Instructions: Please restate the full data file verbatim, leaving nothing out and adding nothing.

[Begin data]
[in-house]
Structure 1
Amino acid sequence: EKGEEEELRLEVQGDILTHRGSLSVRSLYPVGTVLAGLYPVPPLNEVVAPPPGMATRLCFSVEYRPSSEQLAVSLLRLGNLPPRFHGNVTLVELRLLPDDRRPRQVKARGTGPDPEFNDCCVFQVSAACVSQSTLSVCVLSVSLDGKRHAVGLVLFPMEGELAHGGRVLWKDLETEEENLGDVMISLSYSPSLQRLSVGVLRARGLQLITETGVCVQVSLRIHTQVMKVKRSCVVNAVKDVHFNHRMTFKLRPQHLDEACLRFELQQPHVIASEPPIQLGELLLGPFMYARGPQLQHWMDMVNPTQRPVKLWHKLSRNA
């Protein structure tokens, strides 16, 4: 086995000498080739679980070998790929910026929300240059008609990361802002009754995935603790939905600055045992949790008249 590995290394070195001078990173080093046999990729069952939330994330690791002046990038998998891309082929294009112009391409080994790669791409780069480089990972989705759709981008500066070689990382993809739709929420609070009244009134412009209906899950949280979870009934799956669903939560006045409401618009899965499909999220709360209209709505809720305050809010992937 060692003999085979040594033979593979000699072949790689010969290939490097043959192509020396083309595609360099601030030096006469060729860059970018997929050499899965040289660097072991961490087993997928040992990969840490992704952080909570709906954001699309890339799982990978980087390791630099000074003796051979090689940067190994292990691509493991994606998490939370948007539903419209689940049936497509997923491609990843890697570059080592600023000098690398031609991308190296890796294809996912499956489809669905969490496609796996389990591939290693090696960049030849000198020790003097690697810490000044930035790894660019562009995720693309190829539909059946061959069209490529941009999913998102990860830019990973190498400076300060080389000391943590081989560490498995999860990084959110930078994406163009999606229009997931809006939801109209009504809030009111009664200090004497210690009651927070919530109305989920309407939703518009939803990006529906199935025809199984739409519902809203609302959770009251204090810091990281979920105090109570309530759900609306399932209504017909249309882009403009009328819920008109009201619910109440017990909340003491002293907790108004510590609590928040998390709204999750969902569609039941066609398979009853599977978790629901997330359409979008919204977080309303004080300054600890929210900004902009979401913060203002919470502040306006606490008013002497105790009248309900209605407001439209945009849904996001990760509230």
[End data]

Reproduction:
[in-house]
Structure 1
Amino acid sequence: EKGEEEELRLEVQGDILTHRGSLSVRSLYPVGTVLAGLYPVPPLNEVVAPPPGMATRLCFSVEYRPSSEQLAVSLLRLGNLPPRFHGNVTLVELRLLPDDRRPRQVKARGTGPDPEFNDCCVFQVSAACVSQSTLSVCVLSVSLDGKRHAVGLVLFPMEGELAHGGRVLWKDLETEEENLGDVMISLSYSPSLQRLSVGVLRARGLQLITETGVCVQVSLRIHTQVMKVKRSCVVNAVKDVHFNHRMTFKLRPQHLDEACLRFELQQPHVIASEPPIQLGELLLGPFMYARGPQLQHWMDMVNPTQRPVKLWHKLSRNA
């Protein structure tokens, strides 16, 4: 086995000498080739679980070998790929910026929300240059008609990361802002009754995935603790939905600055045992949790008249 590995290394070195001078990173080093046999990729069952939330994330690791002046990038998998891309082929294009112009391409080994790669791409780069480089990972989705759709981008500066070689990382993809739709929420609070009244009134412009209906899950949280979870009934799956669903939560006045409401618009899965499909999220709360209209709505809720305050809010992937 060692003999085979040594033979593979000699072949790689010969290939490097043959192509020396083309595609360099601030030096006469060729860059970018997929050499899965040289660097072991961490087993997928040992990969840490992704952080909570709906954001699309890339799982990978980087390791630099000074003796051979090689940067190994292990691509493991994606998490939370948007539903419209689940049936497509997923491609990843890697570059080592600023000098690398031609991308190296890796294809996912499956489809669905969490496609796996389990591939290693090696960049030849000198020790003097690697810490000044930035790894660019562009995720693309190829539909059946061959069209490529941009999913998102990860830019990973190498400076300060080389000391943590081989560490498995999860990084959110930078994406163009999606229009997931809006939801109209009504809030009111009664200090004497210690009651927070919530109305989920309407939703518009939803990006529906199935025809199984739409519902809203609302959770009251204090810091990281979920105090109570309530759900609306399932209504017909249309882009403009009328819920008109009201619910109440017990909340003491002293907790108004510590609590928040998390709204999750969902569609039941066609398979009853599977978790629901997330359409979008919204977080309303004080300054600890929210900004902009979401913060203002919470502040306006606490008013002497105790009248309900209605407001439209945009849904996001990760509230």